In early April, Robert Sim, Judy Wachler, and I travelled to Dornach, Switzerland for the Ninth World Teachers’ Conference, held at the Goetheanum, the international center for anthroposophy. The Goetheanum, pictured to the left, was designed by Rudolf Steiner. At the week-long conference, we attended daily lectures and academic and artistic workshops, and met with many colleagues, old and new. It was a time of reunion especially for Robert, who saw many old friends from his days of teaching in Germany. The lectures were illuminating, and the workshops gave us material we can use immediately in the classroom. Robert took a workshop on using drama to enliven our lessons, and Judy and I took one on the English curriculum. In the artistic workshops, Robert practiced bookbinding (a course we expect to offer soon at HMS), Judy took a class in pedagogical speech, and I took one in drama for teenagers.
There were over 1500 participants in the conference, from 50 countries, many of which do not have a long history of Waldorf schools. There were representatives of new schools in India, China, Kenya, Brazil and many others. Most of the lectures were given in German, with simultaneous translation into seven languages. In my drama workshop, with 16 teachers, we found that we were from 11 different countries! Judy had an enlightening talk with some teachers from Estonia, who told her about how the Waldorf schools were closed when the Soviet Union was in power, and the lack of freedom for teachers at that time, with the curriculum strictly prescribed by the state. It certainly made us appreciate the freedom we have here.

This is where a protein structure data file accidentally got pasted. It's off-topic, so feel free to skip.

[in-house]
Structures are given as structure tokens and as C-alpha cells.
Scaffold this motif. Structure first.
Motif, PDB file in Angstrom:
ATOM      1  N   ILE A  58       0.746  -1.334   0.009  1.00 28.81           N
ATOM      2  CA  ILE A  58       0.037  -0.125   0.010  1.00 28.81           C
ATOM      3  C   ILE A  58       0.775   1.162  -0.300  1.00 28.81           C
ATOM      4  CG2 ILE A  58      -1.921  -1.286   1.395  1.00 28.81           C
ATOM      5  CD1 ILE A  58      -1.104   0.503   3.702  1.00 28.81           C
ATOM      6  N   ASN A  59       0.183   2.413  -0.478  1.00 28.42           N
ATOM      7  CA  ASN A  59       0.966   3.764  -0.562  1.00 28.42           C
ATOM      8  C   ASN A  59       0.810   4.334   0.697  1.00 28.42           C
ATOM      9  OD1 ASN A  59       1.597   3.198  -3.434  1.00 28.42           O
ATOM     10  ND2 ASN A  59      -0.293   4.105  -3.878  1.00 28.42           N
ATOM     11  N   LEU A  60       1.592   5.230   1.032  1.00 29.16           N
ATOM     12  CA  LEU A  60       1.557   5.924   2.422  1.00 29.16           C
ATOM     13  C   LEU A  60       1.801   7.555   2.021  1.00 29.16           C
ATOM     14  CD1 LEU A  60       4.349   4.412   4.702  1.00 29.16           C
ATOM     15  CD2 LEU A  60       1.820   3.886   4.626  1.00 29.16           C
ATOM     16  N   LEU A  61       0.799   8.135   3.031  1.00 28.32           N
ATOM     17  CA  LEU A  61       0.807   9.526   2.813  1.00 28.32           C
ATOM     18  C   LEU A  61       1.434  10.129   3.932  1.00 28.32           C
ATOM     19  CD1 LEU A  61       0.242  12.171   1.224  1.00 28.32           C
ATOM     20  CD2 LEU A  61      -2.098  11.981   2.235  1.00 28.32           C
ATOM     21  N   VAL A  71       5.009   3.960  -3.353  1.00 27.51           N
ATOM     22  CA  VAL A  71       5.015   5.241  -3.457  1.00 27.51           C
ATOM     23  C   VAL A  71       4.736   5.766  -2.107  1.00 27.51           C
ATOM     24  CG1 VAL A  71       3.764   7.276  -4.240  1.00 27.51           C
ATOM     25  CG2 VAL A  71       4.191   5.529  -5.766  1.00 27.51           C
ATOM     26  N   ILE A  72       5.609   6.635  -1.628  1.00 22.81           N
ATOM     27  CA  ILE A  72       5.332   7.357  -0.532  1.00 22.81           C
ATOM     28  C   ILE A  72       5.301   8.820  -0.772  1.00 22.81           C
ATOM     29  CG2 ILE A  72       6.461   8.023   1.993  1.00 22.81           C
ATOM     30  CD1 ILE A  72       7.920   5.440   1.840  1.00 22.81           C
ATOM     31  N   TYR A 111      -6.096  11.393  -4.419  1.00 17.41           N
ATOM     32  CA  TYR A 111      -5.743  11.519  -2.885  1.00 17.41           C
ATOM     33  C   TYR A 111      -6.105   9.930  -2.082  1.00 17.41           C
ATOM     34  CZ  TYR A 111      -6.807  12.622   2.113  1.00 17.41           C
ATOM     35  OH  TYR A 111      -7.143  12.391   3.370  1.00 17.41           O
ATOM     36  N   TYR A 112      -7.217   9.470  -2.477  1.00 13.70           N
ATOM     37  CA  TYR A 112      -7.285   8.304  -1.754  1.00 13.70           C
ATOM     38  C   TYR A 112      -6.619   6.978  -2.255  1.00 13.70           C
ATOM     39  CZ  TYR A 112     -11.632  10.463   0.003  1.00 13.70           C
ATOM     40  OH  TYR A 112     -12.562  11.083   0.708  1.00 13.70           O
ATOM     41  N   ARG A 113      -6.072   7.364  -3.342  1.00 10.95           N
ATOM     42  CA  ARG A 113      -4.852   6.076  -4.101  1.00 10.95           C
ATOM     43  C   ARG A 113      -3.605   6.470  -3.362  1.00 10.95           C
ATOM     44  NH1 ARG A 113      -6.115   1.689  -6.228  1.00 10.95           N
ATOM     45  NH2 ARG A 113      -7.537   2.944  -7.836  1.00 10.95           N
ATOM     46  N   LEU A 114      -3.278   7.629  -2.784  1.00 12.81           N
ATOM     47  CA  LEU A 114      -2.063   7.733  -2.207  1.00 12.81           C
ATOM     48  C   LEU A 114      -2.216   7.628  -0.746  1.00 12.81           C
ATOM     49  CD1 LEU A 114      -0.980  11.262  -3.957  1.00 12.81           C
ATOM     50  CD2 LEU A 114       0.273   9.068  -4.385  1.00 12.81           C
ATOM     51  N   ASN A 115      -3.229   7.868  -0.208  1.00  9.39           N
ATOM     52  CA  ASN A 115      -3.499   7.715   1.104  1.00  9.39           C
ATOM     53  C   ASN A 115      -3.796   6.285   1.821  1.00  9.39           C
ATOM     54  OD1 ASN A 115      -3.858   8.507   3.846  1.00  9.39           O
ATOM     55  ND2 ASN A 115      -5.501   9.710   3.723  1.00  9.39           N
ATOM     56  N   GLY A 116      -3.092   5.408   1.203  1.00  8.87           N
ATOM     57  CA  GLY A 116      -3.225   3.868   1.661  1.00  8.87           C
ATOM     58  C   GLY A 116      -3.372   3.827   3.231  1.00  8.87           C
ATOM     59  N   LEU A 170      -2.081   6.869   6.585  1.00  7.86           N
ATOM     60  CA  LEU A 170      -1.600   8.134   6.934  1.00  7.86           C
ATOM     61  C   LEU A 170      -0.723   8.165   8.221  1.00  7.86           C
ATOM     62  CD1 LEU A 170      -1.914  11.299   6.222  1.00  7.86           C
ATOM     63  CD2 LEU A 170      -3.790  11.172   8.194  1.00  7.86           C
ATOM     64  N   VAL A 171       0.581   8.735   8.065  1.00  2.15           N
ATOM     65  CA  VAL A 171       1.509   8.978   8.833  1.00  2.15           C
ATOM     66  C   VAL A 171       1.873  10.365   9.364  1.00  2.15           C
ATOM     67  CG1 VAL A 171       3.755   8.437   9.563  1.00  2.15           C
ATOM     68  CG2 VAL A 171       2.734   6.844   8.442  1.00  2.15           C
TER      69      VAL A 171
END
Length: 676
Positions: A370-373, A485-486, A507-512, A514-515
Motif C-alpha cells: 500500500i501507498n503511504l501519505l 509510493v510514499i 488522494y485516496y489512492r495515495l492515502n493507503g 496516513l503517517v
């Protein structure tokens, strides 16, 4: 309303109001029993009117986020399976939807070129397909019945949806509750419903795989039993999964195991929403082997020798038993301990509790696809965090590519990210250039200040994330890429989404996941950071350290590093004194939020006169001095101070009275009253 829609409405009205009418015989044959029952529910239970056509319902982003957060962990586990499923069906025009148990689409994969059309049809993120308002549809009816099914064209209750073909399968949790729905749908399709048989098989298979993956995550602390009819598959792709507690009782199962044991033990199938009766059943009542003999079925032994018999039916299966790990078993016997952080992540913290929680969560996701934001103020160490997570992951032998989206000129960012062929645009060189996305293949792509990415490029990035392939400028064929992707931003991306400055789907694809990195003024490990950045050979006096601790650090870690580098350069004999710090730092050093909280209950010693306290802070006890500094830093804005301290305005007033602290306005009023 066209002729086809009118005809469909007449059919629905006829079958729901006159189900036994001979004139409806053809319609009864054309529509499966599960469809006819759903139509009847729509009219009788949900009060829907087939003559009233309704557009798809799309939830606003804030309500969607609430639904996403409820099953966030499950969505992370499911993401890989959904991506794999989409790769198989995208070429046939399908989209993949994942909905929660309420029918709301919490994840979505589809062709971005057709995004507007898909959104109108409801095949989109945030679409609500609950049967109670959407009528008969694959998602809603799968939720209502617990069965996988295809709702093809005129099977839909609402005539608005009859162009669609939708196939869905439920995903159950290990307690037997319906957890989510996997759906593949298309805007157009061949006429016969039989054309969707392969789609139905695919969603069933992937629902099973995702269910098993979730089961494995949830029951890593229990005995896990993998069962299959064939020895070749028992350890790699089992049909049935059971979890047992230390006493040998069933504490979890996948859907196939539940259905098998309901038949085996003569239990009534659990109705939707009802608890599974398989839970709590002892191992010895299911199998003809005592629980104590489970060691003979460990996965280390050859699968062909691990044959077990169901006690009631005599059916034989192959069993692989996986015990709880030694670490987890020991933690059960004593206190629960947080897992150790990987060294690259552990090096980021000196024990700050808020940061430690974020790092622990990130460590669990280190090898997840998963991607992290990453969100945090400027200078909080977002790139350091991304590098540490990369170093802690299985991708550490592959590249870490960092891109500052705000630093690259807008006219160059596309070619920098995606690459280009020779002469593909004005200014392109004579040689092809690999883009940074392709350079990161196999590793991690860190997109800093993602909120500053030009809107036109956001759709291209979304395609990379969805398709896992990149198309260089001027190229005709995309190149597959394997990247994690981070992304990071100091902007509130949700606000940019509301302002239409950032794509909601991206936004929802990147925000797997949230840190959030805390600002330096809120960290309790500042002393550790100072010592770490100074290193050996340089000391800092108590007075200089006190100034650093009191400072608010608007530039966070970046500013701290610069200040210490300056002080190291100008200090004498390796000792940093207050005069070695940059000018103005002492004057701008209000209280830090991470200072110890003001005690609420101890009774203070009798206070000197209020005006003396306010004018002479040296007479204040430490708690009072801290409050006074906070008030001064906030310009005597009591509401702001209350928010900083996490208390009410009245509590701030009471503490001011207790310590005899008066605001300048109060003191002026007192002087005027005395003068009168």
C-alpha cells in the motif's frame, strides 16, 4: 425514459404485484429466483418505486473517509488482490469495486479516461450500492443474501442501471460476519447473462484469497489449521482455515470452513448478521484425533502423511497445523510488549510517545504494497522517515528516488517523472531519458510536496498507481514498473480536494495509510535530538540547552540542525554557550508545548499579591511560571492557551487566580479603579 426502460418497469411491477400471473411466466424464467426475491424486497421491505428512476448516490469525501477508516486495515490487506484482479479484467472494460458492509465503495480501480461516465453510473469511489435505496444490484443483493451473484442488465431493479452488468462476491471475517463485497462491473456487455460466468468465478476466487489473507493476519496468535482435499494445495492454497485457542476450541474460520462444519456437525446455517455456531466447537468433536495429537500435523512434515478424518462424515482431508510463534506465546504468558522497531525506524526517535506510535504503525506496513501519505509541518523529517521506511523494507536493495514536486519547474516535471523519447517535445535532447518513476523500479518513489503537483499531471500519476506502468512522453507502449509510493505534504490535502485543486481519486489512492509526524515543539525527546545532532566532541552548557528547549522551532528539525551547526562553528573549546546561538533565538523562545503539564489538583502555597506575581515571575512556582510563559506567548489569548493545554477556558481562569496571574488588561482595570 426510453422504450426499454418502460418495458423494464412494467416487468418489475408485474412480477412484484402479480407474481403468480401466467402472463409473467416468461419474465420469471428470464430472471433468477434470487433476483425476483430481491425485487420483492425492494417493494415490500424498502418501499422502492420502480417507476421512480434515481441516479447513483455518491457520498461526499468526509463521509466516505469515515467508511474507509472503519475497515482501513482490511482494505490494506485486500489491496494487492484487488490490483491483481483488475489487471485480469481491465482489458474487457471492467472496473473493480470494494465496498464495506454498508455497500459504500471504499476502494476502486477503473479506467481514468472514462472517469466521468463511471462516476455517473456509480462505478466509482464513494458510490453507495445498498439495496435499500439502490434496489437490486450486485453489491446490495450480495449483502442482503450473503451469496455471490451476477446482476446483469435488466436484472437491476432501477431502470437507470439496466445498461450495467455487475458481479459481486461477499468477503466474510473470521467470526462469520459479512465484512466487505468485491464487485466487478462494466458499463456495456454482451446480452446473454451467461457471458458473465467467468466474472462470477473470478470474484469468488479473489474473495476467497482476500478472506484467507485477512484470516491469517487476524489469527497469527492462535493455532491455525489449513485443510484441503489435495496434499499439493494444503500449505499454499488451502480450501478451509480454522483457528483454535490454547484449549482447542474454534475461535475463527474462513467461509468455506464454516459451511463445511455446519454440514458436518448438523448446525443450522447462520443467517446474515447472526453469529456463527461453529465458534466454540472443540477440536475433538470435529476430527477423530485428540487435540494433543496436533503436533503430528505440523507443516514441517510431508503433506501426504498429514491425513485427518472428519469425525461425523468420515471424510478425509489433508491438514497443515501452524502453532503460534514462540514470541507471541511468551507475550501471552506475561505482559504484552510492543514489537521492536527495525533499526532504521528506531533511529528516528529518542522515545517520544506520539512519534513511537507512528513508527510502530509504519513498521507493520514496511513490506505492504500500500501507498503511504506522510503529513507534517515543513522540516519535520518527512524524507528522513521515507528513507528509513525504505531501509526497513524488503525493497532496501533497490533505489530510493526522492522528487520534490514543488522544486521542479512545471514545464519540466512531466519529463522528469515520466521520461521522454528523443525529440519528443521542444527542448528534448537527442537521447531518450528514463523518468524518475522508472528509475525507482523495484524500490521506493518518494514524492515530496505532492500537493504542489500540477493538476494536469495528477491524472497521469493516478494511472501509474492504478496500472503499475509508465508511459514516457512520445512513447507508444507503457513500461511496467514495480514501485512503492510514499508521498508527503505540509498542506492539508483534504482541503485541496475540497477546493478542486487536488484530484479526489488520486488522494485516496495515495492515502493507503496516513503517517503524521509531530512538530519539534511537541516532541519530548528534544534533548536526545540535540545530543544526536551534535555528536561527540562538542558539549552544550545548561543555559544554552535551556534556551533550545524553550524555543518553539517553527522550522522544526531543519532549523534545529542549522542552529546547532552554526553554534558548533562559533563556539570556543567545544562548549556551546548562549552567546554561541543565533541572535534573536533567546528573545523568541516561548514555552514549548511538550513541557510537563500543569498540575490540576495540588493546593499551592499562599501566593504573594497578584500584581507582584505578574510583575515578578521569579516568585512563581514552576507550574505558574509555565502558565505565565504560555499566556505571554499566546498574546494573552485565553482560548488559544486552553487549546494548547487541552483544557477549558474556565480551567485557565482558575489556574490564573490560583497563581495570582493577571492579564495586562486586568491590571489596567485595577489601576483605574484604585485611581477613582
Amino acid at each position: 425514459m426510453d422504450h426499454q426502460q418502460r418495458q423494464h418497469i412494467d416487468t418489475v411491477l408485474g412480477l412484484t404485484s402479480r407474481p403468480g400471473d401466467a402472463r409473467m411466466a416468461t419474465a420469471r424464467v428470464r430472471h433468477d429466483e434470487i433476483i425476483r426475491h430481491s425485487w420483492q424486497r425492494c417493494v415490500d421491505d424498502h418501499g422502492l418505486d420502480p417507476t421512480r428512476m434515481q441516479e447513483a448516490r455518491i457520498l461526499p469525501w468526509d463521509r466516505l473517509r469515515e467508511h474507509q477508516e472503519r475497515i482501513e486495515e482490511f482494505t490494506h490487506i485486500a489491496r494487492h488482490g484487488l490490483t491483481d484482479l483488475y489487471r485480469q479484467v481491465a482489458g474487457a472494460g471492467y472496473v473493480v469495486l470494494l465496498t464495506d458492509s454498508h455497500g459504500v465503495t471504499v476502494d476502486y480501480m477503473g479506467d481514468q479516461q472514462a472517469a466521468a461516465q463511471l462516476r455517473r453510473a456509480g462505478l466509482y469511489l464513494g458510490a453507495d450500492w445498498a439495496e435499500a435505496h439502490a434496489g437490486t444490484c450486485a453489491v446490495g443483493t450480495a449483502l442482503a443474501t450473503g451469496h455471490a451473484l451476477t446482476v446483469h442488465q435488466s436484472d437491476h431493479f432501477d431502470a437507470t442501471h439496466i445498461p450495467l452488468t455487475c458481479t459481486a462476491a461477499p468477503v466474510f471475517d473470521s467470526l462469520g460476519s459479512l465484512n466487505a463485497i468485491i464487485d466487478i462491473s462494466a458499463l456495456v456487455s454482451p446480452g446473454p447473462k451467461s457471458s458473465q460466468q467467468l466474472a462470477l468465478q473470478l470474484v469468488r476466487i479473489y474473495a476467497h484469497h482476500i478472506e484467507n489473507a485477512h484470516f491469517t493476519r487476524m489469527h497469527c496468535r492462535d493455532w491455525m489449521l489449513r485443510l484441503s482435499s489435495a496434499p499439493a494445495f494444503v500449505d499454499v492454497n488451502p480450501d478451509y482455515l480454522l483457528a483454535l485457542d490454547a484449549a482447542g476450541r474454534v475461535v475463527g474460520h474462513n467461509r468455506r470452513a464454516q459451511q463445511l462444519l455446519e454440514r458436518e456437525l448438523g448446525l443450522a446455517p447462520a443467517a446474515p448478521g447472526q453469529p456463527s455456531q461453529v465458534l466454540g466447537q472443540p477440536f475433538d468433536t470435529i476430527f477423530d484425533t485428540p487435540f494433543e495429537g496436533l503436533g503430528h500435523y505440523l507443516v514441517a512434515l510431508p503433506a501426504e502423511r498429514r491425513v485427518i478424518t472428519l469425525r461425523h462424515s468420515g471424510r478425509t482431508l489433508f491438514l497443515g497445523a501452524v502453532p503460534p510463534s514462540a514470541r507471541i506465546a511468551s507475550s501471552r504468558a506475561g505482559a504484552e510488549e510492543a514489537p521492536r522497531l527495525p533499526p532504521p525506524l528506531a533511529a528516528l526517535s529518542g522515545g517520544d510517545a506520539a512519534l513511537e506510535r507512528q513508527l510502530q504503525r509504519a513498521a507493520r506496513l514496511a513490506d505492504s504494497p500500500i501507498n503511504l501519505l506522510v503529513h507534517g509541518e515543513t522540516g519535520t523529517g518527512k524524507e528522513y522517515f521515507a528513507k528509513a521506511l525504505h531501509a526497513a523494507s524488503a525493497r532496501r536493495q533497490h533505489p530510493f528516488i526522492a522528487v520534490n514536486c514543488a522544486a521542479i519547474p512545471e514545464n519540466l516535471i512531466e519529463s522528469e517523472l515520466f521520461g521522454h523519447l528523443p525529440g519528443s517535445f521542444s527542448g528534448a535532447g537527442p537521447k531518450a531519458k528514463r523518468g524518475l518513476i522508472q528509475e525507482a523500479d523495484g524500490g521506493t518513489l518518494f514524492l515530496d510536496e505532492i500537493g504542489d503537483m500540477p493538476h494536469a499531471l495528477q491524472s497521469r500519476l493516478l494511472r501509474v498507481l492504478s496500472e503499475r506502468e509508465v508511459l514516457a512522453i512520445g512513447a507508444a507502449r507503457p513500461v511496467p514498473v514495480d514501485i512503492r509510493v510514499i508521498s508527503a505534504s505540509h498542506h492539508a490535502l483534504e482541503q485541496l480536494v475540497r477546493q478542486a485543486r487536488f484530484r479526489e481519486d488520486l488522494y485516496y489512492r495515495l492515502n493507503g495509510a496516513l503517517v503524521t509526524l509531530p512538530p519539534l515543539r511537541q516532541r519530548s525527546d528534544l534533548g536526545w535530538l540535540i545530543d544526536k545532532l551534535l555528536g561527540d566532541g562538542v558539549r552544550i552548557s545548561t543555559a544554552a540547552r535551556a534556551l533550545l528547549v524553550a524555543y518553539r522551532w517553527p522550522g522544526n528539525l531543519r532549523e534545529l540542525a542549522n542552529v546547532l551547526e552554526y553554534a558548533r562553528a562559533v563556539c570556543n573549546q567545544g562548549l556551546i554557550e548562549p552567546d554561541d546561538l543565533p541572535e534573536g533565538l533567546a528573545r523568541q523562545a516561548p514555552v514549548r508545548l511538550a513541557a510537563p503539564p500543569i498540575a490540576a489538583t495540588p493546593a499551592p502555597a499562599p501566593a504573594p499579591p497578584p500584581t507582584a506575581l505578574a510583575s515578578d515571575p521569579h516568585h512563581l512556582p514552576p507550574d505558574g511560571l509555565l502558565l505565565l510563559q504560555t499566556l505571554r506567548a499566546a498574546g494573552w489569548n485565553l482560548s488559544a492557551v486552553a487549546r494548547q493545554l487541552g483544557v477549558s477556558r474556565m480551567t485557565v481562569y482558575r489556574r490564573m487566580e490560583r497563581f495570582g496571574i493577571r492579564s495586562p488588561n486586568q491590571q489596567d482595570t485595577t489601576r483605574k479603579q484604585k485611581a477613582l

I was very interested to learn about Waldorf One World (“WOW”), a fundraising initiative to benefit Waldorf schools and other programs all over the world. During Michaelmas, students raise money for better learning and living conditions for disadvantaged children, by taking on one-day jobs, organizing sponsored runs, making and selling crafts, putting on circus performances or other activities. This program has existed since 1994, raising millions of dollars for Waldorf projects. We would like to participate in this program beginning next September.
We returned from the trip exhausted but exhilarated, and appreciative of High Mowing’s commitment to professional development. We know that the connections we made, the things that we learned, and the projects and initiatives we heard about will have long-lasting benefits for the school and for the broader Waldorf community.
~Wendy Bruneau, Faculty Co-Chair and English Teacher